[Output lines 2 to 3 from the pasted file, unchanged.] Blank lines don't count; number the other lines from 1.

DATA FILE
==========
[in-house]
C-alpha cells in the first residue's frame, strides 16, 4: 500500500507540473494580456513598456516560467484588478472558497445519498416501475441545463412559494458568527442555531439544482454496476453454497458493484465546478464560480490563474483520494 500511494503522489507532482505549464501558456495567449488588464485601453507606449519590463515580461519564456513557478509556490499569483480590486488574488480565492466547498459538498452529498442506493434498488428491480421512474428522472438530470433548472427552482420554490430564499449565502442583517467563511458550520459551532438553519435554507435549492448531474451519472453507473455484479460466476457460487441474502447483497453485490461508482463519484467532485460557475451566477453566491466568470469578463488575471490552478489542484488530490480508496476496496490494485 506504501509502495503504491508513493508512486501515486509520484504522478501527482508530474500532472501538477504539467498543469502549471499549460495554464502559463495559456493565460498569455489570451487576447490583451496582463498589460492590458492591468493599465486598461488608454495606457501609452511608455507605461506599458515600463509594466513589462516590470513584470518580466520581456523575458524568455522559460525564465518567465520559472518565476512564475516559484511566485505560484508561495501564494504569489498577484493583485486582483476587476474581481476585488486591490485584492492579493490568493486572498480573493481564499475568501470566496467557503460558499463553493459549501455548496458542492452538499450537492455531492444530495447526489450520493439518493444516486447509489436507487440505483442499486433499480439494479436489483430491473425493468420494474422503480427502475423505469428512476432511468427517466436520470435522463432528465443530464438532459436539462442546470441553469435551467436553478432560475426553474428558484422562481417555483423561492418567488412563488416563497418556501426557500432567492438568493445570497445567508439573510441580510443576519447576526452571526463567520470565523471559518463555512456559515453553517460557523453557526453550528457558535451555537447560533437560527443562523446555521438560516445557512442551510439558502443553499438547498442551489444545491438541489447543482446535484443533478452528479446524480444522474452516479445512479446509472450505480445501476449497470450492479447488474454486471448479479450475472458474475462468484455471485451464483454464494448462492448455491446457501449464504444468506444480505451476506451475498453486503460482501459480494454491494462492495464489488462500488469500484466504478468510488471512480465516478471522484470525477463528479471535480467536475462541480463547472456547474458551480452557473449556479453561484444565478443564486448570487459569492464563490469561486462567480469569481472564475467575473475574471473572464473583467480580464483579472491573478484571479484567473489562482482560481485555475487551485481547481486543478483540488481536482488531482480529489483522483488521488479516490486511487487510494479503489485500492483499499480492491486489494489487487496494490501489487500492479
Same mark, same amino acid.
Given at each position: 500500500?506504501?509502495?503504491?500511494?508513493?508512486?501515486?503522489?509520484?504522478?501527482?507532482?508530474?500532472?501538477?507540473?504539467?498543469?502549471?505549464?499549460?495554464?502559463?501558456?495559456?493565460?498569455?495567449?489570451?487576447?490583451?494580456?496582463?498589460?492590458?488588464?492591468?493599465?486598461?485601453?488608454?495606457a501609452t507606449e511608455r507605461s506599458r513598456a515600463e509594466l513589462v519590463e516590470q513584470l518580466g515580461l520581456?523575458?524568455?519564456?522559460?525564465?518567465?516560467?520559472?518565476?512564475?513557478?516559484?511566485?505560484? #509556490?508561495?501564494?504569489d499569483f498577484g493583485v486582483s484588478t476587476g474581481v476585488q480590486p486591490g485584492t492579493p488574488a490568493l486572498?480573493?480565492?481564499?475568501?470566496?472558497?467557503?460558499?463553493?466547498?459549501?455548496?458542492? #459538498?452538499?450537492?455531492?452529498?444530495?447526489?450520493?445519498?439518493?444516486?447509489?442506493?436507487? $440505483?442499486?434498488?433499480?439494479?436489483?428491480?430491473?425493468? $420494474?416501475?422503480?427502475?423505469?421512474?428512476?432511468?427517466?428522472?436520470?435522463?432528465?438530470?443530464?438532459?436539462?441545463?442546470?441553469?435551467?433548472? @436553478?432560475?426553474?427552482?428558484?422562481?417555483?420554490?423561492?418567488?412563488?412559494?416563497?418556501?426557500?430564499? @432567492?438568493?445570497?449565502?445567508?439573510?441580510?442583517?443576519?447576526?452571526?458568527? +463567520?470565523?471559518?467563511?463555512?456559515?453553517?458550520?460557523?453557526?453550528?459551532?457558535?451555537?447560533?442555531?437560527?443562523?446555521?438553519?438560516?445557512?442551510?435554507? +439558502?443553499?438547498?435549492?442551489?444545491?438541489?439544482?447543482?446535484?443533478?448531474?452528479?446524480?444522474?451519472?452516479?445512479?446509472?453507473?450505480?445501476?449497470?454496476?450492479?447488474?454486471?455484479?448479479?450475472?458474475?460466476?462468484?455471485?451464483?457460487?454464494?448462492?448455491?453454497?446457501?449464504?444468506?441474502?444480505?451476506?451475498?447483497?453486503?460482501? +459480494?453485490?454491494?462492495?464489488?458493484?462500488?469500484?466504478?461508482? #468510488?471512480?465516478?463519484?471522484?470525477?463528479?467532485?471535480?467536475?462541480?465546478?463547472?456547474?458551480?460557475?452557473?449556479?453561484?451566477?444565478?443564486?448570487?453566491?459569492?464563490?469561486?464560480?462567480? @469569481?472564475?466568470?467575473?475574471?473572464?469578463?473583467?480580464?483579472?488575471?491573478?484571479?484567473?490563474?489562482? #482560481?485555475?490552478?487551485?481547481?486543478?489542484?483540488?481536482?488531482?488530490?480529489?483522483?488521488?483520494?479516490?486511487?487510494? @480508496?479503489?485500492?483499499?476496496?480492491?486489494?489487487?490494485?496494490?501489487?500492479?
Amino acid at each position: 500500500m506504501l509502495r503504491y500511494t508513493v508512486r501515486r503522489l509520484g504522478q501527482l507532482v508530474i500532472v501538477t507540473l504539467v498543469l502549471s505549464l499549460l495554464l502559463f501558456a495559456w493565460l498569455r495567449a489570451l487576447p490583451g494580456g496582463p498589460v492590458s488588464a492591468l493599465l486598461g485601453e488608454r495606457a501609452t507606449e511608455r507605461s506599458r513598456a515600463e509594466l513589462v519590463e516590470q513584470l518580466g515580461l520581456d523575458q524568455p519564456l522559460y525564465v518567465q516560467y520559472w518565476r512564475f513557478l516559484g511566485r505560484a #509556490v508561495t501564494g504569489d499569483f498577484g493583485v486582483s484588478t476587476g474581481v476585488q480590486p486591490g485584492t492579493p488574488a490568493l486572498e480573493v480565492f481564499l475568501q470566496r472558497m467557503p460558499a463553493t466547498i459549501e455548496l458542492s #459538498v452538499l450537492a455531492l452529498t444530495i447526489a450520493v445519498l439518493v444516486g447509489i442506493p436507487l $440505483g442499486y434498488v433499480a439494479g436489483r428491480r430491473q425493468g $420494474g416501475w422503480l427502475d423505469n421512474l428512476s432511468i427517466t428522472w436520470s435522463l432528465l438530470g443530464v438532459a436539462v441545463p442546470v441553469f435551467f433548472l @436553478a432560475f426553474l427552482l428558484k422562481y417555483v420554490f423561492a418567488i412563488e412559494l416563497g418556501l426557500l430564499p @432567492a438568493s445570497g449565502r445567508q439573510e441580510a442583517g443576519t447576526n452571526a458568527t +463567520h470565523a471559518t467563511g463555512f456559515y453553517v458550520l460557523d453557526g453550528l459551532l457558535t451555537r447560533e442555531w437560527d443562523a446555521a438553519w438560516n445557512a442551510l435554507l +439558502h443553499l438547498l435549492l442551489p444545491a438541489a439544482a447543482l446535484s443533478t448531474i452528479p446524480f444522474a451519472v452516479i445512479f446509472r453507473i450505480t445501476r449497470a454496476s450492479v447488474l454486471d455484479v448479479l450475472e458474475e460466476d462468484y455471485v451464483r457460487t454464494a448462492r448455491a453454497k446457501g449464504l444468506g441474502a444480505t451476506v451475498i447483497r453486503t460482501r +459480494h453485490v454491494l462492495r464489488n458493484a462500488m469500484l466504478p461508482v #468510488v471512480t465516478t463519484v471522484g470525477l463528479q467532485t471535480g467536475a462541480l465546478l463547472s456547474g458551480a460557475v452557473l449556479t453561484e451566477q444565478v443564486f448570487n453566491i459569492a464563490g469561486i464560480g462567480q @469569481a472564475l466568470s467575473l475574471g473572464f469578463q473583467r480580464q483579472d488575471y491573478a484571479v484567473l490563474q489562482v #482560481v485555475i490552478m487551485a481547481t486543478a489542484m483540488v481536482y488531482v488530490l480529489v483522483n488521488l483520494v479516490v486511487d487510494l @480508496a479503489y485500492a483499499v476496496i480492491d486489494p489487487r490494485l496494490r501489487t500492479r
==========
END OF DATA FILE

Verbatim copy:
C-alpha cells in the first residue's frame, strides 16, 4: 500500500507540473494580456513598456516560467484588478472558497445519498416501475441545463412559494458568527442555531439544482454496476453454497458493484465546478464560480490563474483520494 500511494503522489507532482505549464501558456495567449488588464485601453507606449519590463515580461519564456513557478509556490499569483480590486488574488480565492466547498459538498452529498442506493434498488428491480421512474428522472438530470433548472427552482420554490430564499449565502442583517467563511458550520459551532438553519435554507435549492448531474451519472453507473455484479460466476457460487441474502447483497453485490461508482463519484467532485460557475451566477453566491466568470469578463488575471490552478489542484488530490480508496476496496490494485 506504501509502495503504491508513493508512486501515486509520484504522478501527482508530474500532472501538477504539467498543469502549471499549460495554464502559463495559456493565460498569455489570451487576447490583451496582463498589460492590458492591468493599465486598461488608454495606457501609452511608455507605461506599458515600463509594466513589462516590470513584470518580466520581456523575458524568455522559460525564465518567465520559472518565476512564475516559484511566485505560484508561495501564494504569489498577484493583485486582483476587476474581481476585488486591490485584492492579493490568493486572498480573493481564499475568501470566496467557503460558499463553493459549501455548496458542492452538499450537492455531492444530495447526489450520493439518493444516486447509489436507487440505483442499486433499480439494479436489483430491473425493468420494474422503480427502475423505469428512476432511468427517466436520470435522463432528465443530464438532459436539462442546470441553469435551467436553478432560475426553474428558484422562481417555483423561492418567488412563488416563497418556501426557500432567492438568493445570497445567508439573510441580510443576519447576526452571526463567520470565523471559518463555512456559515453553517460557523453557526453550528457558535451555537447560533437560527443562523446555521438560516445557512442551510439558502443553499438547498442551489444545491438541489447543482446535484443533478452528479446524480444522474452516479445512479446509472450505480445501476449497470450492479447488474454486471448479479450475472458474475462468484455471485451464483454464494448462492448455491446457501449464504444468506444480505451476506451475498453486503460482501459480494454491494462492495464489488462500488469500484466504478468510488471512480465516478471522484470525477463528479471535480467536475462541480463547472456547474458551480452557473449556479453561484444565478443564486448570487459569492464563490469561486462567480469569481472564475467575473475574471473572464473583467480580464483579472491573478484571479484567473489562482482560481485555475487551485481547481486543478483540488481536482488531482480529489483522483488521488479516490486511487487510494479503489485500492483499499480492491486489494489487487496494490501489487500492479
Same mark, same amino acid.